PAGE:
ILLUSTRATION JOHN RITTER
SCAMMERS WASTED NO TIME in 2017 redoubling their efforts to bilk investors. Their basic formula remains the same: Dream up a bogus get-rich-quick investment and persuade susceptible people to buy in. What changes is the nature of the pitches.
Scammers especially target retirees who have accumulated wealth from a lifetime of hard work. Their promises seem plausible, and their slick websites and official-looking paperwork can rob even a skeptic of his or her life savings. Going well beyond quick talk, these scams often involve detailed research on targets. But in the end, the promises are empty, and the sophisticated sales techniques are just the trappings of well-worn cons. Here’s how you can avoid the traps.
Boiler room 'pump and dumps'
A high-pressure caller promises to let you in on a “can’t-miss” investment opportunity involving a low-priced penny or microcap stock. The more people who buy shares, the higher the share price rises—until the fraudsters dump their own shares, leaving the rest virtually worthless.
The companies whose stocks are being promoted often play off the latest trend du jour. Today’s pitch might tout a green energy company. Next week, it’s a company with a new product promising to take an emerging market by storm, such as the e-cigarette or legalized marijuana industries.
Traditionally, scammers worked from a list or dialed randomly, but there is a new twist to this con that doesn’t involve cold calls. “Account executives” may contact people who have visited a website that promotes low-priced stocks or publishes an investment newsletter.
Sadly, those who lost money in a financial scam are often targeted a second time. The crook who got you into the failed transaction offers to swap your bad investment for another to recover losses, or offers to buy your shares back at a premium—provided you pay an upfront administrative fee or otherwise provide upfront cash. You are often pressed to take immediate action in calls or letters that appear to be coming from official-sounding organizations. The documents can look extremely authentic, and criminals have no qualms about impersonating people who work for legitimate organizations. Another ploy—often targeting international investors—is to help you recover your losses for a fee described as a tax, deposit or refundable insurance bond. You pay the fee and the crook vanishes.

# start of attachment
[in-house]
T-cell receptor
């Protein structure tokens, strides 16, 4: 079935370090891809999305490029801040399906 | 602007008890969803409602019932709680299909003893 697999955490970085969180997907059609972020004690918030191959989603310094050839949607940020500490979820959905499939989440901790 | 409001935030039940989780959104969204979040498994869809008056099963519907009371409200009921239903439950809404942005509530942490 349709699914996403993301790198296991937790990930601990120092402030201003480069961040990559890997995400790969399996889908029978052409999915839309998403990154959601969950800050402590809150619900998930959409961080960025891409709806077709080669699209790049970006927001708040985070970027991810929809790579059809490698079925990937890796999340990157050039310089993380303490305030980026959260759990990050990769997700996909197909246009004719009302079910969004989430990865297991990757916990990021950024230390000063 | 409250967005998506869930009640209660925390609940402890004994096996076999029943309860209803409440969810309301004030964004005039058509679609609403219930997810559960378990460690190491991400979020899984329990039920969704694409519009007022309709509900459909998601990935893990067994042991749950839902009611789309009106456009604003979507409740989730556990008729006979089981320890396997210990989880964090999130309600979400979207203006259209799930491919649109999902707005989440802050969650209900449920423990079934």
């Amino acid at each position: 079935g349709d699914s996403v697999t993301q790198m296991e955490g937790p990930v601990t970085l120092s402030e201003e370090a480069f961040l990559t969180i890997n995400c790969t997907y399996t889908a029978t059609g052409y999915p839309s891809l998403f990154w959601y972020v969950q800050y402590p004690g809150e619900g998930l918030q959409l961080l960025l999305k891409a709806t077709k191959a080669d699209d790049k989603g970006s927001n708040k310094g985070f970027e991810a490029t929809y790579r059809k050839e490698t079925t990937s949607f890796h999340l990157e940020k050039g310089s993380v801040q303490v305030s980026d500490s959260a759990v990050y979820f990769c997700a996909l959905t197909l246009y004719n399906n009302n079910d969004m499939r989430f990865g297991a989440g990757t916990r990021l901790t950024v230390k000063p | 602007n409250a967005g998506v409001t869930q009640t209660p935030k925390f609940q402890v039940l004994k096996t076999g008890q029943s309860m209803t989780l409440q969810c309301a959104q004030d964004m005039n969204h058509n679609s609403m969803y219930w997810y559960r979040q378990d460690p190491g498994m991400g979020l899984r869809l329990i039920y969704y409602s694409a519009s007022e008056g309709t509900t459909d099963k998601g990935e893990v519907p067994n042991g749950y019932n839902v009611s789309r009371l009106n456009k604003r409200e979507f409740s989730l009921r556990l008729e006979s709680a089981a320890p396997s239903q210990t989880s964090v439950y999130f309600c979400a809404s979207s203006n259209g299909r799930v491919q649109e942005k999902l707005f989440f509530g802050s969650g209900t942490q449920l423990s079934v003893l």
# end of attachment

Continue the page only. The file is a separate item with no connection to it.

Simply put, a binary option is a type of options contract in which the payout depends entirely on the outcome of a yes-or-no proposition, such as whether the price of a particular asset will rise above or fall below a specified amount. When the option expires, it makes either a prespecified amount of money or nothing at all, in which case the investor loses the entire investment.
That’s risky enough. But unregistered firms claiming to trade binary options may not deposit investor funds into the investor’s account, may deny requests to return funds or may require the investor to pay to get money back. If you have opened an account, be alert for signs of fraud, including pressure to send additional money and excuses for why the firm cannot credit purported gains to your account or return your funds. Trading binary options is made even riskier by fraudulent schemes, many of which originate outside the United States.
How to Stop Fraud
Next: Telephone Fraud